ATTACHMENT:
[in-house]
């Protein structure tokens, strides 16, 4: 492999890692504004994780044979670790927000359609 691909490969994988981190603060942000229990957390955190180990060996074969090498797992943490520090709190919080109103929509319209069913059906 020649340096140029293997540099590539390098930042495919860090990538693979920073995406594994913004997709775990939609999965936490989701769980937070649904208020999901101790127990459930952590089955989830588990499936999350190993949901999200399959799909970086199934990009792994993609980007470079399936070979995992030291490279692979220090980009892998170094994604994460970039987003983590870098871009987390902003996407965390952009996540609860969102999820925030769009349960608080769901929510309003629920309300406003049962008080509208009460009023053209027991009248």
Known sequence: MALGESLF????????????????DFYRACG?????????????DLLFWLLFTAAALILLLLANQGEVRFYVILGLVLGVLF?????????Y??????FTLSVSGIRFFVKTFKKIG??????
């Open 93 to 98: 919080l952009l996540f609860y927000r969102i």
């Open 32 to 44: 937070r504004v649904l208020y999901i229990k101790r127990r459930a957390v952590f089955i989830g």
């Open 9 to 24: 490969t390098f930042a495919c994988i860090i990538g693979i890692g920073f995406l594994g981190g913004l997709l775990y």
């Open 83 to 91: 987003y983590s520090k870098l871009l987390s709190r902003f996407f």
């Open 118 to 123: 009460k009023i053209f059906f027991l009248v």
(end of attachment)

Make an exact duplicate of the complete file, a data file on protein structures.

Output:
[in-house]
């Protein structure tokens, strides 16, 4: 492999890692504004994780044979670790927000359609 691909490969994988981190603060942000229990957390955190180990060996074969090498797992943490520090709190919080109103929509319209069913059906 020649340096140029293997540099590539390098930042495919860090990538693979920073995406594994913004997709775990939609999965936490989701769980937070649904208020999901101790127990459930952590089955989830588990499936999350190993949901999200399959799909970086199934990009792994993609980007470079399936070979995992030291490279692979220090980009892998170094994604994460970039987003983590870098871009987390902003996407965390952009996540609860969102999820925030769009349960608080769901929510309003629920309300406003049962008080509208009460009023053209027991009248």
Known sequence: MALGESLF????????????????DFYRACG?????????????DLLFWLLFTAAALILLLLANQGEVRFYVILGLVLGVLF?????????Y??????FTLSVSGIRFFVKTFKKIG??????
């Open 93 to 98: 919080l952009l996540f609860y927000r969102i």
């Open 32 to 44: 937070r504004v649904l208020y999901i229990k101790r127990r459930a957390v952590f089955i989830g």
């Open 9 to 24: 490969t390098f930042a495919c994988i860090i990538g693979i890692g920073f995406l594994g981190g913004l997709l775990y």
């Open 83 to 91: 987003y983590s520090k870098l871009l987390s709190r902003f996407f």
């Open 118 to 123: 009460k009023i053209f059906f027991l009248v």